IT pros worry about their employees messing things up, as much as they worry about hackers.
Employees are now considered an equally dangerous cyber-security threat as hackers, a new report by Preempt has shown. In its “The Growing Security Threat from Insiders” report, it says that 49 per cent of IT security professionals surveyed claim they worry more about employees than hackers. This does not necessarily mean IT pros fear employees will do harm intentionally, even though the idea is not excluded.
The bigger issue, however, is the things employees do unintentionally, out of the lack of general knowledge on cyber-security.
“Internal threats are emerging as equally as important as external threats, according to respondents. This means that an employee cutting corners to get their job done more efficiently is viewed as potentially just as dangerous as a malicious external hacker,” said Diane Hagglund, founder and principal of Dimensional Research.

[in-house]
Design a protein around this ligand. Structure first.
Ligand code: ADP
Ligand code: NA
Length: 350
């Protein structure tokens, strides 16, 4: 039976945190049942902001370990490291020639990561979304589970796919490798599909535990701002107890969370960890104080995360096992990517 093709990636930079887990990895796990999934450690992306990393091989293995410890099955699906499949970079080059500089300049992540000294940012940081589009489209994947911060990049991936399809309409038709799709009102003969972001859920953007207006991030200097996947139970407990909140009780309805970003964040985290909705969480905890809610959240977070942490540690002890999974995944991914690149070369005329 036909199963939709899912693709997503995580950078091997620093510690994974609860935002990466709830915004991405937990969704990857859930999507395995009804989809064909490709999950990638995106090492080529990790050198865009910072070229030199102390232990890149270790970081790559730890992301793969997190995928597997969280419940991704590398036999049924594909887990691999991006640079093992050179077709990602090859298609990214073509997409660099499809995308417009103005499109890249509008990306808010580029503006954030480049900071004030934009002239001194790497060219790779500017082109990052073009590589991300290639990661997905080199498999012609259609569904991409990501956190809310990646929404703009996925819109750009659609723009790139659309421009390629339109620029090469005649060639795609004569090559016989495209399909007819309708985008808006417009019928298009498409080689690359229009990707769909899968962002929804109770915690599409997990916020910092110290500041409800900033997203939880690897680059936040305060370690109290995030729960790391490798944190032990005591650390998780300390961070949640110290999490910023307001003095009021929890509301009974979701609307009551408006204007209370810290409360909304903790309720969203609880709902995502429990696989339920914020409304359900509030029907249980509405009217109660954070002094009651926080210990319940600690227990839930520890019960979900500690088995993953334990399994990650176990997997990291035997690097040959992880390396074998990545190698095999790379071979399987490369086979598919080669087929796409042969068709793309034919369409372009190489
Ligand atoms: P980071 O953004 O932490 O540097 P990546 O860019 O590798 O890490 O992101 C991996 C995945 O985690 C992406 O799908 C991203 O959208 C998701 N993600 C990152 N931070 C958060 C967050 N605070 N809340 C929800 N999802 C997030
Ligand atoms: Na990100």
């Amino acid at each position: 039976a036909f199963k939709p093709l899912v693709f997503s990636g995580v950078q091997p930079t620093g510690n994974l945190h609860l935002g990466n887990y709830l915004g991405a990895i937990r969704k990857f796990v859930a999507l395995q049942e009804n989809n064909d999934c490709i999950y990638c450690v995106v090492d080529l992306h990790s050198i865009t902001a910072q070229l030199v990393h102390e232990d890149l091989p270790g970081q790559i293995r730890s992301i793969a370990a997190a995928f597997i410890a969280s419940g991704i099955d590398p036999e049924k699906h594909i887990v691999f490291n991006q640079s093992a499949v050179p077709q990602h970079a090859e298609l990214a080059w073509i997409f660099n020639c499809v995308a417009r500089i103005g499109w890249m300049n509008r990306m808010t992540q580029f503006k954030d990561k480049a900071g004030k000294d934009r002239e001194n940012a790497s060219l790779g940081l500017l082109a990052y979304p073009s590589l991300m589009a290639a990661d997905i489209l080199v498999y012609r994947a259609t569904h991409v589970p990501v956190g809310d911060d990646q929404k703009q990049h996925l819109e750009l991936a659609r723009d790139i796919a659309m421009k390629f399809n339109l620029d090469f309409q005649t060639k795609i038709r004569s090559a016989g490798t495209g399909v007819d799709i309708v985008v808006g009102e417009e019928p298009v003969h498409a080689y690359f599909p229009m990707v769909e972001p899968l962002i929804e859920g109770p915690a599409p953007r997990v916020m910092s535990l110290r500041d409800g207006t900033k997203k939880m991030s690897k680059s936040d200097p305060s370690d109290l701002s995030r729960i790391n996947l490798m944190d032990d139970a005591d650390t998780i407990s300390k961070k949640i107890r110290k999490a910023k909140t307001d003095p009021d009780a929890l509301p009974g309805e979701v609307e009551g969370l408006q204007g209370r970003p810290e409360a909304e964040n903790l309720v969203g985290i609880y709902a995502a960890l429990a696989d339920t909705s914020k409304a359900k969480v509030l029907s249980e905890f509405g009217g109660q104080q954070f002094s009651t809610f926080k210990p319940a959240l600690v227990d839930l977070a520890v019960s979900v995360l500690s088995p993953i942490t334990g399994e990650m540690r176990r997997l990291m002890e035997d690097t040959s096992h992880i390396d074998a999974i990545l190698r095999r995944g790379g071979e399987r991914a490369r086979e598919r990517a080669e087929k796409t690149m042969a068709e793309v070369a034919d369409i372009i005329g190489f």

“Yet these views aren’t reflected in the allocation of security budgets, which is traditionally focused on perimeter security.” The best solution, obviously, would be to better train staff and educate them on the dangers of the online world. That is where another problem lies –even though 95 per cent of IT pros said their company provides training, just 10 per cent believe it’s effective.
“Intentional or not, insider threats are real,” says Ajit Sancheti, co-founder and CEO of Preempt.
“From Snowden to the FDIC, headlines continue to emerge and we need to take a new approach to get ahead of insider threats. Without real-time prevention solutions and improved employee engagement, these threats will not only increase, but find more sophisticated ways to infiltrate and navigate a network. The future of security practices relies on the ability to not only understand users and anticipate attacks, but also how to mitigate threats as quickly as possible.”